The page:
Today scientists are furiously examining this “elephant” with their senses or their senses augmented by special instruments, and are coming up with different ideas about what they find. Some are so busy cataloguing information about one end of the elephant that they cannot hear what their colleagues are saying at the other end. In the end we can only define what a perfectly straight line is mathematically, and this enables us to plot the line on a graph.


While still considering the nature of science, we digress for a moment to look at how science is communicated. The same applies to rectangles and other mathematical objects. Fortunately our measuring devices are accurate enough for us to be able to build things and use the abstract mathematical formulae as very good approximations to deal with real situations.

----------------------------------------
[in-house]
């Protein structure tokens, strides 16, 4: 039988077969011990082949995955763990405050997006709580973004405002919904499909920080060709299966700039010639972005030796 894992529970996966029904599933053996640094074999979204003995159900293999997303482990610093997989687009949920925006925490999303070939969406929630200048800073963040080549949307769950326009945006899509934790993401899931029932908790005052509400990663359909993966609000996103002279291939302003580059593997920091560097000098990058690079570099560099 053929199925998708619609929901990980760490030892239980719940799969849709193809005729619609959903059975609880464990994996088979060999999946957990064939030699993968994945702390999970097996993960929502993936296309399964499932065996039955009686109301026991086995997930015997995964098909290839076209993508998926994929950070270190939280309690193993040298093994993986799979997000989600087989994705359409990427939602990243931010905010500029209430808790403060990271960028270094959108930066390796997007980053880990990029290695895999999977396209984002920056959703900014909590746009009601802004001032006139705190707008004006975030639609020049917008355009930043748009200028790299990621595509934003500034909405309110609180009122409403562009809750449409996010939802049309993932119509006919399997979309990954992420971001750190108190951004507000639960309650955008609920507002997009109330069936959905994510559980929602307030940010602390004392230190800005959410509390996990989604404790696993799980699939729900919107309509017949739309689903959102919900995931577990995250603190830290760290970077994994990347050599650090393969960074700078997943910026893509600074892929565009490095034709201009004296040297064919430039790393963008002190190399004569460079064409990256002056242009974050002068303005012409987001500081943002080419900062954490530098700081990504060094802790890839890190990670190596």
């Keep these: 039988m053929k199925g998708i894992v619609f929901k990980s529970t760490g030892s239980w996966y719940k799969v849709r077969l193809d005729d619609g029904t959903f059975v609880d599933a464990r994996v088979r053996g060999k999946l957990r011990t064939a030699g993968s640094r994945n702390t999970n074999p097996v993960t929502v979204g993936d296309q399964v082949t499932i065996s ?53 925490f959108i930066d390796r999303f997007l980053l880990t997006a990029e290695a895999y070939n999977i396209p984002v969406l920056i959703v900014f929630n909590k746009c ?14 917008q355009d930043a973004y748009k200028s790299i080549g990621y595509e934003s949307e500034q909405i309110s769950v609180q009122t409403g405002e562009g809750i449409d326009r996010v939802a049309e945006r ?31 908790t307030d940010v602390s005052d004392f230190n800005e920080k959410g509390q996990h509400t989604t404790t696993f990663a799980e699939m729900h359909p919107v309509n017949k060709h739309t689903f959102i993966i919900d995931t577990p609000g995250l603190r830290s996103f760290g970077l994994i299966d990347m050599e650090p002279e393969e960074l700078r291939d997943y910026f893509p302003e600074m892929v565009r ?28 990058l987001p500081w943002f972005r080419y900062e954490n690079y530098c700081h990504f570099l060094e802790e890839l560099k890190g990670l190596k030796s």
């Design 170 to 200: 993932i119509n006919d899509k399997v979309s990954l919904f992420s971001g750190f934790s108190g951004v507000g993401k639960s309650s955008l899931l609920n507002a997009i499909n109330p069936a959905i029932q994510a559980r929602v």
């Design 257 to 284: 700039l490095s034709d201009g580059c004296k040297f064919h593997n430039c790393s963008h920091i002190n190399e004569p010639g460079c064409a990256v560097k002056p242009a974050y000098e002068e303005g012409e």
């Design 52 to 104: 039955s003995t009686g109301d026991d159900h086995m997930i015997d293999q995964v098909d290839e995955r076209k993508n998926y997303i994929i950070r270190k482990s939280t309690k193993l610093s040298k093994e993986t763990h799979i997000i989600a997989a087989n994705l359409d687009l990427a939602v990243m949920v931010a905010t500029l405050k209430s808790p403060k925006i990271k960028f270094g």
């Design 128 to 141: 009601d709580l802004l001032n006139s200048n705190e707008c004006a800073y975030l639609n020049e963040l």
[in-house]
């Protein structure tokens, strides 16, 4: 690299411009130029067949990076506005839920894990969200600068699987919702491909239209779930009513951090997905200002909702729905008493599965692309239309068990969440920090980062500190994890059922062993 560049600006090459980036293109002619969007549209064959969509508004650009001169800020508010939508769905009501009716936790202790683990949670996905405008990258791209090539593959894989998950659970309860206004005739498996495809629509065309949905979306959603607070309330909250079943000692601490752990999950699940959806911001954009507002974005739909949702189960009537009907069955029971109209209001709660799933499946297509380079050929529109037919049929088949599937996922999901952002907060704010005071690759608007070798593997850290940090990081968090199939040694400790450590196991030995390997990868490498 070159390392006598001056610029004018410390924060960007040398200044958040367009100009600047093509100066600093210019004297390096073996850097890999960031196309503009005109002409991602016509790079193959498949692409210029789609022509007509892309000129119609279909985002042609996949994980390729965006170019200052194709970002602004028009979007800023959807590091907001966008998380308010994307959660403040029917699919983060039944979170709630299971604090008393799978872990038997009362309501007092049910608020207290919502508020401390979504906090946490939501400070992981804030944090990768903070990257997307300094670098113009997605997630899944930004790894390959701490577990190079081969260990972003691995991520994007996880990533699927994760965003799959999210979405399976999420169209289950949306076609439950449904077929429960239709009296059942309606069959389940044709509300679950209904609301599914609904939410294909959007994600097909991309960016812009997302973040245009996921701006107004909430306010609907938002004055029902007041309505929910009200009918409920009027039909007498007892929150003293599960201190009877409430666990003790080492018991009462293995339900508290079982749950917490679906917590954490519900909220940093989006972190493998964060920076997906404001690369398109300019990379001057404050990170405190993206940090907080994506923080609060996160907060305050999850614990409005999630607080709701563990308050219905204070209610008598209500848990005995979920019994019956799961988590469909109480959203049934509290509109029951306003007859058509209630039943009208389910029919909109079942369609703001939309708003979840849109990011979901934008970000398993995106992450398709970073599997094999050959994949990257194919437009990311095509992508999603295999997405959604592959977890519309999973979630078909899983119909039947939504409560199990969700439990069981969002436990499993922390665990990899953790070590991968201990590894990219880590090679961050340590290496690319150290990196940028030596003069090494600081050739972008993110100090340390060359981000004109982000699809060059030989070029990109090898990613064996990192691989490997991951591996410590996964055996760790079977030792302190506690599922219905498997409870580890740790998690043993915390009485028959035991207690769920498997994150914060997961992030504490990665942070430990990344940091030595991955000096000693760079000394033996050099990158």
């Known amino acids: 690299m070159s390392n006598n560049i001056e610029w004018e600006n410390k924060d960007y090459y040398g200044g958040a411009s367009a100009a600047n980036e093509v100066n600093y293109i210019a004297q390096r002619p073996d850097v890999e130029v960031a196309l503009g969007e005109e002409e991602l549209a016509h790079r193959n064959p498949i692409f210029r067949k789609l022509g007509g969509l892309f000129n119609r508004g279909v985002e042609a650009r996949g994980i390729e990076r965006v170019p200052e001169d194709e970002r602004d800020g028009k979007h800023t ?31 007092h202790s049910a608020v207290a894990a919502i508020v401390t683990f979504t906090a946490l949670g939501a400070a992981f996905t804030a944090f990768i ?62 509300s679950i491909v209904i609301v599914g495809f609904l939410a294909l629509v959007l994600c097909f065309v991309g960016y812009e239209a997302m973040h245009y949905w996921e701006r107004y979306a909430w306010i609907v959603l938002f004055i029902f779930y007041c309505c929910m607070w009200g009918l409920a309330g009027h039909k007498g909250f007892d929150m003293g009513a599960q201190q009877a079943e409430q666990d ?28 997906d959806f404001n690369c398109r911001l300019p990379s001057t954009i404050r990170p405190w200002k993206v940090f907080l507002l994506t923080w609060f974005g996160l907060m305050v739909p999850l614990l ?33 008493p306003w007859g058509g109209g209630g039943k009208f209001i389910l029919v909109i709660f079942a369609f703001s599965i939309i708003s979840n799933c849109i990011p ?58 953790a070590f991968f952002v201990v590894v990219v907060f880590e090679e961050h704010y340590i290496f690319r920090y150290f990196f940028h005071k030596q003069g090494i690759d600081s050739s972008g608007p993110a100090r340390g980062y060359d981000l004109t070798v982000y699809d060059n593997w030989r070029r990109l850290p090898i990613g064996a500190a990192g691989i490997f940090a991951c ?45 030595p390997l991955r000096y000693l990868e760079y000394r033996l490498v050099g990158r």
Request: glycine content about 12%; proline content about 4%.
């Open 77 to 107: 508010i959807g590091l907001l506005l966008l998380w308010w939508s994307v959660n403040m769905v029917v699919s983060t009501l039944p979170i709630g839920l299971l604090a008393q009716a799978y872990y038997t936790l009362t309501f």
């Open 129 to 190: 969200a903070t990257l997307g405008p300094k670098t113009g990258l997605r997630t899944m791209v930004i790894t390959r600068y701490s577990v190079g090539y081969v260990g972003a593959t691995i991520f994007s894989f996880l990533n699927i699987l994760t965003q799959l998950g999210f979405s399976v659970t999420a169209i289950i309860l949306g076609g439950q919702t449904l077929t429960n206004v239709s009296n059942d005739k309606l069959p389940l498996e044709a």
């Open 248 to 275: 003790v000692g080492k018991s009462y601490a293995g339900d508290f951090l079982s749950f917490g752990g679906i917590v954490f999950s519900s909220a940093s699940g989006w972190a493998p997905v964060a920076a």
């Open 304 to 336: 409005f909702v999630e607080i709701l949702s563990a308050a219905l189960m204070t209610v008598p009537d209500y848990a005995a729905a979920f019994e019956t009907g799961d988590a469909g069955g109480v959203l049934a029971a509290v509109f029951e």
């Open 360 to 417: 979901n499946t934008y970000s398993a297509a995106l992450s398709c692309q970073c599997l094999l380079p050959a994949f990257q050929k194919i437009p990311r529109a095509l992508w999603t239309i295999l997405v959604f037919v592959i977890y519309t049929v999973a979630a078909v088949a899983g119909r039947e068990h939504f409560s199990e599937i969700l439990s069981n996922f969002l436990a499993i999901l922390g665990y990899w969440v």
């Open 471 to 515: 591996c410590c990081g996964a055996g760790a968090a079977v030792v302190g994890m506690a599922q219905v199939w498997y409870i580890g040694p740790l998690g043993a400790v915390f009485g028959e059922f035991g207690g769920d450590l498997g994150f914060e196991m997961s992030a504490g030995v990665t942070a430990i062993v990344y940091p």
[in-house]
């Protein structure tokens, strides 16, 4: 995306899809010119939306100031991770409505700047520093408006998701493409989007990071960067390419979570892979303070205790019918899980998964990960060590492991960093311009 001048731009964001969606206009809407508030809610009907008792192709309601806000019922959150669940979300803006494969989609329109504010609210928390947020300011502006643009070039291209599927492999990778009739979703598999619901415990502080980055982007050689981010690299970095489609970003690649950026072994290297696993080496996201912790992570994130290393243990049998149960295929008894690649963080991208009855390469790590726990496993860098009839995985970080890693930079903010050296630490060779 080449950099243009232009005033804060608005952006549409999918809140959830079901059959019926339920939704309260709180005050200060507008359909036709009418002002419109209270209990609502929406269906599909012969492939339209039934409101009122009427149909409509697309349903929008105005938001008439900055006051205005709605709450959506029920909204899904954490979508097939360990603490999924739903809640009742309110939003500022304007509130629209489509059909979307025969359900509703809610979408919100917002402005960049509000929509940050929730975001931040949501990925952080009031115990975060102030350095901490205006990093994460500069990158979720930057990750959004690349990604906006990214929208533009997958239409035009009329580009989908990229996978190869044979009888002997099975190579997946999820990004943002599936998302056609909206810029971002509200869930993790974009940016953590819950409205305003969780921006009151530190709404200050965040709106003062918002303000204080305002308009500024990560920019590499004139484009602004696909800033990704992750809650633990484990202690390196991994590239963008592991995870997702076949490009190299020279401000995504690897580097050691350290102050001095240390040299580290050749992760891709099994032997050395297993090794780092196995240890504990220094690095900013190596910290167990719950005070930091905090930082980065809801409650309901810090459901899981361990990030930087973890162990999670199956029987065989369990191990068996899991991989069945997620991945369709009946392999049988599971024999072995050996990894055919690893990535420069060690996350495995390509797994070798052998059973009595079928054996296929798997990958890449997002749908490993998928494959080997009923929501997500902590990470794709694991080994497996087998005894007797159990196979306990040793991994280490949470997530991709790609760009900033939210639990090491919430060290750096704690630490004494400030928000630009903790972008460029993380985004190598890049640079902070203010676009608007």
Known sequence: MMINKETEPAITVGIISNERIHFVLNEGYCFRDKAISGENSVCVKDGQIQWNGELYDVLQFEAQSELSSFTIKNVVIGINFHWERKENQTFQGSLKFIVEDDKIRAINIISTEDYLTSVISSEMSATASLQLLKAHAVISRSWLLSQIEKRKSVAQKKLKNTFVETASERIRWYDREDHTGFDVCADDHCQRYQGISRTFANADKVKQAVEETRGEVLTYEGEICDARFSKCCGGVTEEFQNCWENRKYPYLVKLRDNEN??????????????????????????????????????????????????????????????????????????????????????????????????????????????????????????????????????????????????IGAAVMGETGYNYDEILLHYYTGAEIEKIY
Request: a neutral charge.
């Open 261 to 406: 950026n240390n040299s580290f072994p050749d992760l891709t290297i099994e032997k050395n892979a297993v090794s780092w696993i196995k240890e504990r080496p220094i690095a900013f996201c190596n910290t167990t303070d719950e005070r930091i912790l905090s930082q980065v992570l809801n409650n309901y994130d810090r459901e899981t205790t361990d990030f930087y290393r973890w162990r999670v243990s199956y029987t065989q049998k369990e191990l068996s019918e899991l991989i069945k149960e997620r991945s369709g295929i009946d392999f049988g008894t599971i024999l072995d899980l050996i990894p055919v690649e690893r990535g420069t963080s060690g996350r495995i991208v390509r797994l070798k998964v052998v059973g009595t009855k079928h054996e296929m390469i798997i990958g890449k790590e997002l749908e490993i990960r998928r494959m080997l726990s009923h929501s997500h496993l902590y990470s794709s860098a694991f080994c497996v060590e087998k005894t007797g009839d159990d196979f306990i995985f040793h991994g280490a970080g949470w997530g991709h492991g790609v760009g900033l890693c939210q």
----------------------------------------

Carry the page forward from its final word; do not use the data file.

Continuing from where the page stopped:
Furthermore, modern science has given us the laser that has the advantage that over short distances light travels in virtually a perfectly straight line so that we can use it for determining distances very accurately. Over very large distances, however, light can be substantially bent by gravity. We see then that mathematics can often be used to give us a very good approximation to reality that helps us when we carry out certain activities.